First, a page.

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2018 Good Samaritan Drug Overdose Laws Update Recap

2018 Good Samaritan Drug Overdose Laws Update Recap

On August 13, 2018, our team published an update on the Good Samaritan Drug Overdose Laws dataset, available at the Prescription Drug Abuse Policy System (pdaps.org). This update captured Good Samaritan Drug Overdose laws effective through July 1, 2018. There has been a lot of changes since our last update in December 2016: as of July 1, 2018, 46 states have a Good Samaritan drug overdose law, up from 37 states on December 1, 2016.


Eight states (Arizona, Idaho, Iowa, Missouri, Montana, Nebraska, South Carolina, and South Dakota) added a new Good Samaritan Drug Overdose law for the first time, while Michigan expanded its law to apply to adults over the age of 21 and now provides immunity from prosecution for controlled substance possession offenses. While most of these new laws followed the similar pattern of existing Good Samaritan laws, Iowa broke from the mold and offered procedural protections in exchange for seeking medical assistance for a drug overdose. Specifically, any information or evidence collected as a result of an overdose patient or reporter seeking medical assistance for a drug overdose in good faith is considered “protected information under Iowa Code § 124.418 and cannot be considered to support probable cause and cannot be admissible as evidence against an overdose patient or reporter for the listed controlled substance offenses.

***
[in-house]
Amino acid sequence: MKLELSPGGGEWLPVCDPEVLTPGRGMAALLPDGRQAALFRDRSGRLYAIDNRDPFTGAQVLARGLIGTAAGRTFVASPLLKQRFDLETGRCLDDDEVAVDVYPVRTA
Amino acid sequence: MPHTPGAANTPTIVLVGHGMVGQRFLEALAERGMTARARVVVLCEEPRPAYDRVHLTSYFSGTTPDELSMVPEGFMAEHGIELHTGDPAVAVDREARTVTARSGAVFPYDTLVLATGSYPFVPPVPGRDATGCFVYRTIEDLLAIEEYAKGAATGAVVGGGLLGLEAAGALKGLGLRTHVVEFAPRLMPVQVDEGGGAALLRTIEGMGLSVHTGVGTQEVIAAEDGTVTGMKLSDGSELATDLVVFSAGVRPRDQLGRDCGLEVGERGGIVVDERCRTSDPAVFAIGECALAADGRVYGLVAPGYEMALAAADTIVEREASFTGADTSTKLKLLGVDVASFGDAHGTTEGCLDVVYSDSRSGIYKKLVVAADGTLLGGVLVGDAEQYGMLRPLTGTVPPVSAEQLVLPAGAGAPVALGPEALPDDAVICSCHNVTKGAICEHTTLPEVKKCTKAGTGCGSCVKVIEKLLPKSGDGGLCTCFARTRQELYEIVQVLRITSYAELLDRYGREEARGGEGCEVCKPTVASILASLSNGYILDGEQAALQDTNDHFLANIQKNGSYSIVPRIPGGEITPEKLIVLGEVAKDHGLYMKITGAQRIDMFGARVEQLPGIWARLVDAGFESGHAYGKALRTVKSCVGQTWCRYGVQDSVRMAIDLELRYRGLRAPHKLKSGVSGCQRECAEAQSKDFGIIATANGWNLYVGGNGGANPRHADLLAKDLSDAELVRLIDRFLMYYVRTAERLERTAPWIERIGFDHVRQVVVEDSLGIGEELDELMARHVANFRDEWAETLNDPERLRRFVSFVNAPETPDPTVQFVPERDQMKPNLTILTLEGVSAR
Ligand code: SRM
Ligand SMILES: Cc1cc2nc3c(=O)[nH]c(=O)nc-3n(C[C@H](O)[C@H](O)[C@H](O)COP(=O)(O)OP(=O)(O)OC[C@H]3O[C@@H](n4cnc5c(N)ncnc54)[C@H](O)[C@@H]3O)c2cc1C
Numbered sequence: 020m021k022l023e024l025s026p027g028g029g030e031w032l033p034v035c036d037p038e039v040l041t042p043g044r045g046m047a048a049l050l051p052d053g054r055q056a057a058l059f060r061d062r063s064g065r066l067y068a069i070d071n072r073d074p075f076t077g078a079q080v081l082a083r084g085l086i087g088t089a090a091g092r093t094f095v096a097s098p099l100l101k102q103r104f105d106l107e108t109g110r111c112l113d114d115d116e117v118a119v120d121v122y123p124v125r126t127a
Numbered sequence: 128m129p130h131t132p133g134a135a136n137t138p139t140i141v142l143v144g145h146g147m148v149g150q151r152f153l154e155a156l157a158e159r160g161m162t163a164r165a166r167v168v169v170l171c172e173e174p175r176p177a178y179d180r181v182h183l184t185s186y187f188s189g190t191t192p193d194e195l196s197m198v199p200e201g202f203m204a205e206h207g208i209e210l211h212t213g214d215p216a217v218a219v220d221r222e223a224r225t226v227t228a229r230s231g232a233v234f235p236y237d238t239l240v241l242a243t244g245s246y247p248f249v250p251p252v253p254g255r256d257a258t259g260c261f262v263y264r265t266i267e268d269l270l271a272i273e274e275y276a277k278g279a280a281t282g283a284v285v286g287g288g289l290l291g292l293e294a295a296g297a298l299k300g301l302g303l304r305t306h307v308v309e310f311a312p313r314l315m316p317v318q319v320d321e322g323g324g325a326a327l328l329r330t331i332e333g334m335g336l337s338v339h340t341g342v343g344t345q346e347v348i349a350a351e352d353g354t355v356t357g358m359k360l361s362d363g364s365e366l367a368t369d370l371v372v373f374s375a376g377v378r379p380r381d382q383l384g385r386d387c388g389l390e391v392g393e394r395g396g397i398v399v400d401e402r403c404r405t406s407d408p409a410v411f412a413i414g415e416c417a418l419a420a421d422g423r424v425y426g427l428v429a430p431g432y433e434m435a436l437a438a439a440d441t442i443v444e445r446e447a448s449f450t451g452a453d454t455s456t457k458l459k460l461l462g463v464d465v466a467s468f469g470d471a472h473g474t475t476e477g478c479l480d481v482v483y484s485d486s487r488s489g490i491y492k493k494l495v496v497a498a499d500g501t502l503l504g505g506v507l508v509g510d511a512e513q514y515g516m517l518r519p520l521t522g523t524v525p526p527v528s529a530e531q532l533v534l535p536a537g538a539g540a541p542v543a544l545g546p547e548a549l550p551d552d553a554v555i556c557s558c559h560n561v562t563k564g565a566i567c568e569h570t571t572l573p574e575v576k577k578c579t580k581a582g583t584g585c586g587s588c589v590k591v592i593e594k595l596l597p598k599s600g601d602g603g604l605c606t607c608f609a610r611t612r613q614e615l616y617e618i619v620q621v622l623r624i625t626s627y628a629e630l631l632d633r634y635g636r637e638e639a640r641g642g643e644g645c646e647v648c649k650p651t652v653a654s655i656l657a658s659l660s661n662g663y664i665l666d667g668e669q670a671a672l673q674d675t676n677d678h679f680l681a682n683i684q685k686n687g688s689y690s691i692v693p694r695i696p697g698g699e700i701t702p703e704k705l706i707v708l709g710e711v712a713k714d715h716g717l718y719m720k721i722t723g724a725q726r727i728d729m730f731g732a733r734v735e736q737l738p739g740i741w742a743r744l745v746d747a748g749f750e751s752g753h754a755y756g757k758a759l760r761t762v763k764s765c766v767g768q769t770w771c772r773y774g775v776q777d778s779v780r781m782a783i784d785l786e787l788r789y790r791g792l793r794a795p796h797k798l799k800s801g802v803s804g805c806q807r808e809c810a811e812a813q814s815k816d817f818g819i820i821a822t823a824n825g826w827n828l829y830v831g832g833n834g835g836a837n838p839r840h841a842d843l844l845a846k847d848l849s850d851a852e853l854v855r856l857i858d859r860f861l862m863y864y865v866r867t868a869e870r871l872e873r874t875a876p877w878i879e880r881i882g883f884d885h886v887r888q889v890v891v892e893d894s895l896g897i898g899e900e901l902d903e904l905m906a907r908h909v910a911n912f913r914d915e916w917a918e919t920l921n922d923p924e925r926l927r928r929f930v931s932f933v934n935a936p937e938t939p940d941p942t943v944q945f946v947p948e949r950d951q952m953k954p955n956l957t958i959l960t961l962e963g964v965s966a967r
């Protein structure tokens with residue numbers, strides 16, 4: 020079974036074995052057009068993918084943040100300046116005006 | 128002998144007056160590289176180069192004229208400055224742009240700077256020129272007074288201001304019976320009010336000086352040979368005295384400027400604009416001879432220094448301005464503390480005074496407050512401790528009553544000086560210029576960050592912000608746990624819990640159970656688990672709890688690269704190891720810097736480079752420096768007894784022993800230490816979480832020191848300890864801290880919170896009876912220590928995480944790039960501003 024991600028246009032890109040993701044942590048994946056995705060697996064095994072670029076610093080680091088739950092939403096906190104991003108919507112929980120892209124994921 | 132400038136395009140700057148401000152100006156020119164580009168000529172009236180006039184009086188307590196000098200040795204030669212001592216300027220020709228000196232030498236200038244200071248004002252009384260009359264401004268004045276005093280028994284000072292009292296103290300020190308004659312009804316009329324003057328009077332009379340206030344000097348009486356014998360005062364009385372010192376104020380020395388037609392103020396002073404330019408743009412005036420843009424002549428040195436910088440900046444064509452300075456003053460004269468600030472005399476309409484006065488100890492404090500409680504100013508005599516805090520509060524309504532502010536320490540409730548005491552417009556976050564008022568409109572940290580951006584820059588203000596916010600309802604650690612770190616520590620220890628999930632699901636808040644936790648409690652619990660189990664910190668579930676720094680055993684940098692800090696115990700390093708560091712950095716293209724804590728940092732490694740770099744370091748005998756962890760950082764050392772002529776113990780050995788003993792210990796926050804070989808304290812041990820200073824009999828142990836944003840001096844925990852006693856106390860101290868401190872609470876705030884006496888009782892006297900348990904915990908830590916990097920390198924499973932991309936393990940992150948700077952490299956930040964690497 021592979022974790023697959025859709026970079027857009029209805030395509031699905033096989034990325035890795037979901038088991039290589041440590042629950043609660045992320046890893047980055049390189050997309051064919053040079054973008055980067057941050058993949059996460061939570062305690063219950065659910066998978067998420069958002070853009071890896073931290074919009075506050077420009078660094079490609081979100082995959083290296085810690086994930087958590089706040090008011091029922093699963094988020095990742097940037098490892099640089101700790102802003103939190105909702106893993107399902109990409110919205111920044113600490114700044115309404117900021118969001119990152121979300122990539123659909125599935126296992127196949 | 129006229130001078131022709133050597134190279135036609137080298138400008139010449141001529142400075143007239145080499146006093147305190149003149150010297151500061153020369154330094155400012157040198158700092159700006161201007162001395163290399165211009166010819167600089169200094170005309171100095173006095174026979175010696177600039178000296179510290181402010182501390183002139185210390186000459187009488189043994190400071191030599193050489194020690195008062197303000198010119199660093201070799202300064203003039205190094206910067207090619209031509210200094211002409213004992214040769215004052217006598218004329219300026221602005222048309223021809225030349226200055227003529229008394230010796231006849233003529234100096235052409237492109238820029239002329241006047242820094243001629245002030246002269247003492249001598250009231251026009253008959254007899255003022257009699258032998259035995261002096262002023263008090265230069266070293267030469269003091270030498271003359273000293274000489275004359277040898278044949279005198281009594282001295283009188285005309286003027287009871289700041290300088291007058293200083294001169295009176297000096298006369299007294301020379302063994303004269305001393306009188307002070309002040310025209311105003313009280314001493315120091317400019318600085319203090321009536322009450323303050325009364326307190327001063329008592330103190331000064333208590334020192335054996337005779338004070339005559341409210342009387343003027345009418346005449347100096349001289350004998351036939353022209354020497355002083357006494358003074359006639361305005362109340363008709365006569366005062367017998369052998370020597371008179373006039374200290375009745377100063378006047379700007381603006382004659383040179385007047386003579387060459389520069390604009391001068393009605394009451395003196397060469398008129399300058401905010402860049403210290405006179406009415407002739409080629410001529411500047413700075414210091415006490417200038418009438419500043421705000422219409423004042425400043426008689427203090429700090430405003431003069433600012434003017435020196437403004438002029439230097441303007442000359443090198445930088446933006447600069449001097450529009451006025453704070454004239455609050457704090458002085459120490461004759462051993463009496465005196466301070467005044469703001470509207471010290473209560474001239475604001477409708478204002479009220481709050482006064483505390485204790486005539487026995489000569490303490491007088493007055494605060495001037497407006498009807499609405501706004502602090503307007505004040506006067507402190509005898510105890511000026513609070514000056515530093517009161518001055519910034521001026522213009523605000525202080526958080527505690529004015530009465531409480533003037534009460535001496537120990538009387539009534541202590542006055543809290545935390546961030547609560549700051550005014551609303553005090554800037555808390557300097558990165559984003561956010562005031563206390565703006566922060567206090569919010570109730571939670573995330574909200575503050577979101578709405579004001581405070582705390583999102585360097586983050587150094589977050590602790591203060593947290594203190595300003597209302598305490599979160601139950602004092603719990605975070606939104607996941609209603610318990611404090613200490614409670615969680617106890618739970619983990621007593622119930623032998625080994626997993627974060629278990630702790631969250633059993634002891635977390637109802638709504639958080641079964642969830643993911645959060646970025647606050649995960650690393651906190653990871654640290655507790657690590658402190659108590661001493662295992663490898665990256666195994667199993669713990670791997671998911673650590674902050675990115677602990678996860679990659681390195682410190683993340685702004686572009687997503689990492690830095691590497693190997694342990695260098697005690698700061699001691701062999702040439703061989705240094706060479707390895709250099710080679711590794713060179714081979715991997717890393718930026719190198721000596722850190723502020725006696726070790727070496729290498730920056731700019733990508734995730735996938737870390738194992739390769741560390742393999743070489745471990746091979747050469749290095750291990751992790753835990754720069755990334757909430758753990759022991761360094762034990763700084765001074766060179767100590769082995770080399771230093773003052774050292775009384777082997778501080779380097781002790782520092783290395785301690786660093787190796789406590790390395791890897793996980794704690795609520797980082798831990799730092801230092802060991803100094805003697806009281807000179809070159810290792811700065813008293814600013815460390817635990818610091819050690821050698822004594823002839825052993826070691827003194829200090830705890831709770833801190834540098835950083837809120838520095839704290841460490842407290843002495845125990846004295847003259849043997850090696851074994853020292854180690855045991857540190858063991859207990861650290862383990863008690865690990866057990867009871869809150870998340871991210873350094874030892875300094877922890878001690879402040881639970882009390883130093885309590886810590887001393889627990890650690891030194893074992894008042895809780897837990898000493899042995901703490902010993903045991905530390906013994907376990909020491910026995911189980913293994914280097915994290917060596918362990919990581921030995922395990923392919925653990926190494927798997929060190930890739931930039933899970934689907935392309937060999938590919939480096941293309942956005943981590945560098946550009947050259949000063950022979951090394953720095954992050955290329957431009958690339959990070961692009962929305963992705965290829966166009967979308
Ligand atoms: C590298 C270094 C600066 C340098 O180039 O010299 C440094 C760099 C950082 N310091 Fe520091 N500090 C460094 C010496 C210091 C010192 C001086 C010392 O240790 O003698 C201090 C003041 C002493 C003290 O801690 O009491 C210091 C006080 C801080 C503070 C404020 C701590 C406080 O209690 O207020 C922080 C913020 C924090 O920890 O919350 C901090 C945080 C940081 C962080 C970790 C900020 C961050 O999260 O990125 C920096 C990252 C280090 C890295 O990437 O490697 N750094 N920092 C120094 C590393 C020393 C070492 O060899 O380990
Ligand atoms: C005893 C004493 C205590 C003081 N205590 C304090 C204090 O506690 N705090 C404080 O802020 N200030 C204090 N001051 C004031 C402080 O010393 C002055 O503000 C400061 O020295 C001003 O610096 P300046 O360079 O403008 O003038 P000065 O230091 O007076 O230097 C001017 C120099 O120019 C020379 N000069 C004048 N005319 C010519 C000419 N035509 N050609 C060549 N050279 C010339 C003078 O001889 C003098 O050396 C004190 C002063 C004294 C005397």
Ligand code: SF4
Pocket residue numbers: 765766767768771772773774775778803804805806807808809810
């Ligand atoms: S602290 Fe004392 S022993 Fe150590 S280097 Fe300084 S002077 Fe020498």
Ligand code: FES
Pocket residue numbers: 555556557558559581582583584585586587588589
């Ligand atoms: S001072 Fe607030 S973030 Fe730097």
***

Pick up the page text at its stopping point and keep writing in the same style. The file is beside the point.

Massachusetts, North Dakota, and Wisconsin made significant changes to their existing Good Samaritan laws. Massachusetts and Wisconsin both added protection from sanctions for violations of probation and/or parole for seeking medical assistance for a drug overdose, while North Dakota added immunity from charges from both controlled substance possession offenses and drug paraphernalia offenses.


Be sure to head over to the Good Samaritan Drug Overdose Law dataset at pdaps.org to learn more about these big changes and check out the results for the newly published coding question detailing the protections provided from probation or parole violations.